DURHAM, N.C. -- Over the last two years, as political pressure has intensified on colleges and universities to better measure and document their success in educating students, leaders in higher education have urged patience.
To the assertion that colleges don't do enough of this, they point to scores if not hundreds of examples in which individual departments, programs or colleges have used existing assessment tools or developed their own to gauge their effectiveness in imparting learning -- letting "a thousand flowers bloom."
And while many higher education leaders and faculty members reject the suggestion that colleges should agree on a handful of common measurement tools in the interests of allowing consumers to compare one institution against another, those academics who agree insist that it will happen over time, as some of those "thousand flowers" emerge as "best practices" that become widely embraced and used.
A small group of prominent researchers, foundation officials and association leaders have been gently imploring their higher education colleagues to take a more aggressive, "systemic" approach, arguing both that measuring student learning more systematically is the right thing to do, and that failure to do so will inevitably lead impatient politicians to impose their own -- inevitably flawed -- methods for doing so on colleges.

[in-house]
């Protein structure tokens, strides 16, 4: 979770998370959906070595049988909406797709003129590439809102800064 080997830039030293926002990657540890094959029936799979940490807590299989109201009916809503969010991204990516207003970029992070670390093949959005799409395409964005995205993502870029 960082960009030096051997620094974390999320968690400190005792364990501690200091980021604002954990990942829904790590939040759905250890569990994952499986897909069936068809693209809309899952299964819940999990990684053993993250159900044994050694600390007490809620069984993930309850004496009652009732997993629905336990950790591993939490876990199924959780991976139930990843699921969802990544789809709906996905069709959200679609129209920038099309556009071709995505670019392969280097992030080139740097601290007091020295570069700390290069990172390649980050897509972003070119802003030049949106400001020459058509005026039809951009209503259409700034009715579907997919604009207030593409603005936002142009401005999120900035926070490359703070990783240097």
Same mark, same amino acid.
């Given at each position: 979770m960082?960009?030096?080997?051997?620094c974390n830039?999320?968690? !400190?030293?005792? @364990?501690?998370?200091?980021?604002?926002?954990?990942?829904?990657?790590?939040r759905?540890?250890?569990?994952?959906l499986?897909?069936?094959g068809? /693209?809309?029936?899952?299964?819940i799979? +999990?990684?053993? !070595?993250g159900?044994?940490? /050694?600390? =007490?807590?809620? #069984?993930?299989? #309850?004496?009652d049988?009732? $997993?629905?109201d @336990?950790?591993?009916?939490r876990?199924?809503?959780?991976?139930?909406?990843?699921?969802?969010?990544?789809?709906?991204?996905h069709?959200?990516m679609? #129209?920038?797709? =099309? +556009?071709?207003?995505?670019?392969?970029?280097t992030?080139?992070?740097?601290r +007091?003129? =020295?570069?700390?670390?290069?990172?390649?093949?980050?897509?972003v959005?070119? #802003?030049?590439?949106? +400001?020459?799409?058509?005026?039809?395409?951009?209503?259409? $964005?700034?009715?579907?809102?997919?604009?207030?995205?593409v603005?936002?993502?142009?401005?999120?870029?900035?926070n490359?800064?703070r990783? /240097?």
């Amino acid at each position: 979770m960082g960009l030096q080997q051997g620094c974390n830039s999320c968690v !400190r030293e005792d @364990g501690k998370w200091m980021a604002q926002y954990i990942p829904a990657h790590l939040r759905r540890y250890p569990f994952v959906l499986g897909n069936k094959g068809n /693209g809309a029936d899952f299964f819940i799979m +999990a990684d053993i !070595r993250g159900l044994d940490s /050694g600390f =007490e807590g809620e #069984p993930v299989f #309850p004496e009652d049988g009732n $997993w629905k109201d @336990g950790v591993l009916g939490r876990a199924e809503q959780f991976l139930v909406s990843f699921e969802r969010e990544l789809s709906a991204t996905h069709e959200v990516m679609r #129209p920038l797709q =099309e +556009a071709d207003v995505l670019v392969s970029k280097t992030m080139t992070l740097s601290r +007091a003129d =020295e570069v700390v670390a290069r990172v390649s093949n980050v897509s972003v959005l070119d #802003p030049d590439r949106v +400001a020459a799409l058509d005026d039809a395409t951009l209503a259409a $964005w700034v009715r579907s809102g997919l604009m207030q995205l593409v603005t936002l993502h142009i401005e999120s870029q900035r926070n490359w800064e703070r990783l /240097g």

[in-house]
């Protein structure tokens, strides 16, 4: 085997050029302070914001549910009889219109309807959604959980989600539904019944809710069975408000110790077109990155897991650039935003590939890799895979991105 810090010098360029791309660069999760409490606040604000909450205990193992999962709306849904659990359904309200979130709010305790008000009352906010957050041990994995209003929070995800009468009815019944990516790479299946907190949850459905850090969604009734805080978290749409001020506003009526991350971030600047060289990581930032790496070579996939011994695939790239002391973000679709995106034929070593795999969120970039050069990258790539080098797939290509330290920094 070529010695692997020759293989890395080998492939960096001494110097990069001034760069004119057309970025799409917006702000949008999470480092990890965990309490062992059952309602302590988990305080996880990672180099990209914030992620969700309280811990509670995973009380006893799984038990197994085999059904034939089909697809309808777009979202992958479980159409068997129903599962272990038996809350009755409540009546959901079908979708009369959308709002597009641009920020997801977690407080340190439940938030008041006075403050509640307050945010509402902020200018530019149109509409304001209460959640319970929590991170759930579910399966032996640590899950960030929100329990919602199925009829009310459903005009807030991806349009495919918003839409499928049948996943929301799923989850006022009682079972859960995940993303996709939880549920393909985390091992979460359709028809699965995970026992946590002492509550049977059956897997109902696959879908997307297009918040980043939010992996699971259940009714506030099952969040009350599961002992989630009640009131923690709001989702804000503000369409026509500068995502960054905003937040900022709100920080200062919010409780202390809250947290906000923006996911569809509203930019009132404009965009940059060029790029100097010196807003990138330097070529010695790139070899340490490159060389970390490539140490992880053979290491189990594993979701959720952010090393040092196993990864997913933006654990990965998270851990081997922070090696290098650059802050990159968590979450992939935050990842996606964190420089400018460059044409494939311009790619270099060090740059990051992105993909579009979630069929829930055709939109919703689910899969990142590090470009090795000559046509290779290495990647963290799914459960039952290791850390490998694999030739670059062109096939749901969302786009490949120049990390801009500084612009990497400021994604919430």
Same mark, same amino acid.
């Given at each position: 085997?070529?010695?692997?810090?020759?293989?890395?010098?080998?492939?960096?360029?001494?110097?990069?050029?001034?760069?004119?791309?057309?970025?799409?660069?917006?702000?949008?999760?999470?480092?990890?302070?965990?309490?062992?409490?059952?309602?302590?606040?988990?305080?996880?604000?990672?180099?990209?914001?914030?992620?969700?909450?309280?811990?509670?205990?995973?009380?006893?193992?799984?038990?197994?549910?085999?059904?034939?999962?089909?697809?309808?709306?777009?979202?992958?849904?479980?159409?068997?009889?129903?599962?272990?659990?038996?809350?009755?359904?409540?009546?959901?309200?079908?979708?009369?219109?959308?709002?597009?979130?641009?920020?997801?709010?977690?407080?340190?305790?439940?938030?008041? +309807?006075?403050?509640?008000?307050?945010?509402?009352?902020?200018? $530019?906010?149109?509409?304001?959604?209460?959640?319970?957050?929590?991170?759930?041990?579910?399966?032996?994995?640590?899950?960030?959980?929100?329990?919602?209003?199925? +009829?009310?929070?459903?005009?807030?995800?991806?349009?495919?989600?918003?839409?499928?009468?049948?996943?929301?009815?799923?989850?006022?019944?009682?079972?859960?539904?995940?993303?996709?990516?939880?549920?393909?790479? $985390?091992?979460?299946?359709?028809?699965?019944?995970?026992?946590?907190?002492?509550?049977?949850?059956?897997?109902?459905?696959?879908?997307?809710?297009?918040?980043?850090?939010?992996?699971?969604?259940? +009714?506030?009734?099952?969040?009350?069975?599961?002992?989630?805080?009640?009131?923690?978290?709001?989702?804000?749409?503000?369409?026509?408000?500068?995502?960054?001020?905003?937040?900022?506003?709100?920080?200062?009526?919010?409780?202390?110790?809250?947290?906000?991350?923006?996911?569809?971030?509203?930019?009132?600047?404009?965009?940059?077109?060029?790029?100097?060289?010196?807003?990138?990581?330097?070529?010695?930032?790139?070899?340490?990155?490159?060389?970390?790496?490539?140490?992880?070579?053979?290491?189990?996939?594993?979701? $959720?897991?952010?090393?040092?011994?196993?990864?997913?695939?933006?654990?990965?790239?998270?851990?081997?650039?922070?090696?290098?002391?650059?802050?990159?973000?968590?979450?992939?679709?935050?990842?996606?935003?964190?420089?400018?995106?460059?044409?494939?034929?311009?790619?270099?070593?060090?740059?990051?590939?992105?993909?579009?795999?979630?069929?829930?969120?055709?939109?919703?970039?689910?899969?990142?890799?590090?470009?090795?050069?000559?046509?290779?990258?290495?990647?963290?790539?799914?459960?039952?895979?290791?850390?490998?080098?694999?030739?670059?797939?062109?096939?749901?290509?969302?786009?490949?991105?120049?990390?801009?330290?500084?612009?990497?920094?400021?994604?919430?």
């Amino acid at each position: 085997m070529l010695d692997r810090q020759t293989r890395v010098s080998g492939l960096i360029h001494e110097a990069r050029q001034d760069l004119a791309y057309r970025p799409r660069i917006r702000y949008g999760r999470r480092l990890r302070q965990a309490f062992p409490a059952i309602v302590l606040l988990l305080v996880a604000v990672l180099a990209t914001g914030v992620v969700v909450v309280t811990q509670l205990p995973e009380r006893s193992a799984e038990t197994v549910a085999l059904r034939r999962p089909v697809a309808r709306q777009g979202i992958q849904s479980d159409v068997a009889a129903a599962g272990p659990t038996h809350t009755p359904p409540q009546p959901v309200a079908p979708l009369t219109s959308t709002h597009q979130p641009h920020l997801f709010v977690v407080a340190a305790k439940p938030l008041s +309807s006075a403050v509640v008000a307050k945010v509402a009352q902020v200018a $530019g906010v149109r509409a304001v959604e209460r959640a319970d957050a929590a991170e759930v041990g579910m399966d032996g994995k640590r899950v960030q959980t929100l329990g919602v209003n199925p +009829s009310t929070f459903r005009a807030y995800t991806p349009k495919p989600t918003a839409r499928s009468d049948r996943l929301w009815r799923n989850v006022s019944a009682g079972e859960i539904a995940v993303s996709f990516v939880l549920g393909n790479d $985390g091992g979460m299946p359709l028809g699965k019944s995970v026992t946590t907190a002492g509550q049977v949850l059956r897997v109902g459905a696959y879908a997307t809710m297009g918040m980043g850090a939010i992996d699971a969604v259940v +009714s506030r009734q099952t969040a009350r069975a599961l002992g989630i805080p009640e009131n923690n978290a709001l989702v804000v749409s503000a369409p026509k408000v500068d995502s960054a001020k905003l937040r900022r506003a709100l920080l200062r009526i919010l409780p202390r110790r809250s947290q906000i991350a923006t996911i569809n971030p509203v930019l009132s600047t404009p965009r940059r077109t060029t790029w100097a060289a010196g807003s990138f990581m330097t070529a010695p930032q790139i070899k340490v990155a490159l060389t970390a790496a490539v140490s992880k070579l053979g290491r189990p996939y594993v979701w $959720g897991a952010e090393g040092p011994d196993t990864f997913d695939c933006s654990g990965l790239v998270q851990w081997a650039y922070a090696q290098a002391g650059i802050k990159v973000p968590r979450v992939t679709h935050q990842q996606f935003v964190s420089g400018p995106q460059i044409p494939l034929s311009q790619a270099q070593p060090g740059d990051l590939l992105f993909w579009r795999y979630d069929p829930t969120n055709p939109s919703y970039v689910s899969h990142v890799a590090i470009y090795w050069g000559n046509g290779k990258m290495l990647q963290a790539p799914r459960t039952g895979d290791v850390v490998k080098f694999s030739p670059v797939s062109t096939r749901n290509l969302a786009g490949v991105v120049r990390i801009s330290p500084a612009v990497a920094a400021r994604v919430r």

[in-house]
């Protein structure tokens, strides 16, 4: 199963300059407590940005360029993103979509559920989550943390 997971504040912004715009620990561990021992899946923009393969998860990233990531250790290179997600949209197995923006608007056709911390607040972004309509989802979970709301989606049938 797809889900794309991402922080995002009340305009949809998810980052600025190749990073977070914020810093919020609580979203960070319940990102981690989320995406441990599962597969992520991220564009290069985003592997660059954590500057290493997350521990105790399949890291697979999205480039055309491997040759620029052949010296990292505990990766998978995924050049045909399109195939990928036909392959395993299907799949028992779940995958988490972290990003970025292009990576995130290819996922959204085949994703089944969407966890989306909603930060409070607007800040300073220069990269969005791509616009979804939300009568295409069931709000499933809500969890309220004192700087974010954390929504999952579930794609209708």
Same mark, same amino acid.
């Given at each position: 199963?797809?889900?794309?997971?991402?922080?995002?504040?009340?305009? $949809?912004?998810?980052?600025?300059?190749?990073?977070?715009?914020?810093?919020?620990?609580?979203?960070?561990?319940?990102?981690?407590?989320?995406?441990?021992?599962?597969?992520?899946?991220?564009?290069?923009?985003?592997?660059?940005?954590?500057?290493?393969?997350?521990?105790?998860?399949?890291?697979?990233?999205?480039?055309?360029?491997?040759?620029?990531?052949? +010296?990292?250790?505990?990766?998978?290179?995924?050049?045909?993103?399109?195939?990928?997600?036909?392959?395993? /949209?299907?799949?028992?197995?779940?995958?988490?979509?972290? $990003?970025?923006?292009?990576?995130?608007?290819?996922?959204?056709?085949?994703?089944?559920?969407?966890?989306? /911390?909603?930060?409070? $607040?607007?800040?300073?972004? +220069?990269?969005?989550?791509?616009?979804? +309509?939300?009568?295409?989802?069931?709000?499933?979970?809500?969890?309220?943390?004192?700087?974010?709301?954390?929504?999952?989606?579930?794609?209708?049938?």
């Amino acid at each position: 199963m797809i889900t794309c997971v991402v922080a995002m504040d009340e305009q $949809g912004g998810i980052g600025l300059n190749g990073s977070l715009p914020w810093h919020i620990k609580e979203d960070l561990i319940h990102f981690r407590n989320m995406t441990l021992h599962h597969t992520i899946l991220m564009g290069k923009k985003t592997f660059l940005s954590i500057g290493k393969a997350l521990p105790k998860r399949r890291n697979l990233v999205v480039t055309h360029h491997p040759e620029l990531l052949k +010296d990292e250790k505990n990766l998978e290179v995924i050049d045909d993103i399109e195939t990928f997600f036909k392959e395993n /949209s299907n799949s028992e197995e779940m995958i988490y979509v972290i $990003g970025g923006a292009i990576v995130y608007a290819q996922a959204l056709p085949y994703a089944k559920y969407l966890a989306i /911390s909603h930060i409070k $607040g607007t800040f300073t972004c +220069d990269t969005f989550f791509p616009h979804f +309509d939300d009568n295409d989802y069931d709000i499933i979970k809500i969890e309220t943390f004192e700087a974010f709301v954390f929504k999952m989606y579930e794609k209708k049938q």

Over the weekend, at a meeting sponsored by the Teagle and Spencer Foundations, advocates for that view -- true believers in the value of assessing the quality of student learning in liberal education -- gathered here with two key purposes in mind: to figure out how they themselves can better do what they're already doing and to develop ideas for spreading the gospel to others.
The main business of the two-day meeting focused on the former, as officials from two dozen liberal arts colleges brainstormed, traded advice on what works and what doesn't in the classroom, and encouraged and exhorted each other.
But more quietly, a much smaller group of association presidents, foundation leaders, and others reached an agreement in principle to create some kind of new national organization focused on helping higher education, defined broadly, develop a collective and sustained approach to measuring how successfully students learn, and to increase that learning. Details on the exact structure and mission of the new entity remain to be worked out, but the agreement represents an advance in the groups’ effort to try to get coordinated movement among a broad range of higher education leaders, especially because those around the table included Molly Corbett Broad, president of the American Council on Education, which has hung back rather than joining in some previous efforts.
The ultimate goal, said David Paris, a professor of government at Hamilton College and Teagle consultant who is leading the foundation’s organizational efforts on behalf of the foundation’s president, W. Robert Connor, is “being able within the next 3-5 years to say confidently to the public and public officials we have engaged in systematic and even systemic improvement,” not only among the “true believers” at the Teagle meeting “but across the country.” That could be accomplished in large part, Paris suggested, by “harvesting ... some of the 1,000 flowers” now being nurtured on individual campuses.
On the divisive question of whether colleges are doing enough to ensure that their students are developing the skills they’ll need to enter the work force and be productive citizens, most of the people gathered in Durham this weekend have been among those most willing to accept the idea that higher education must do more.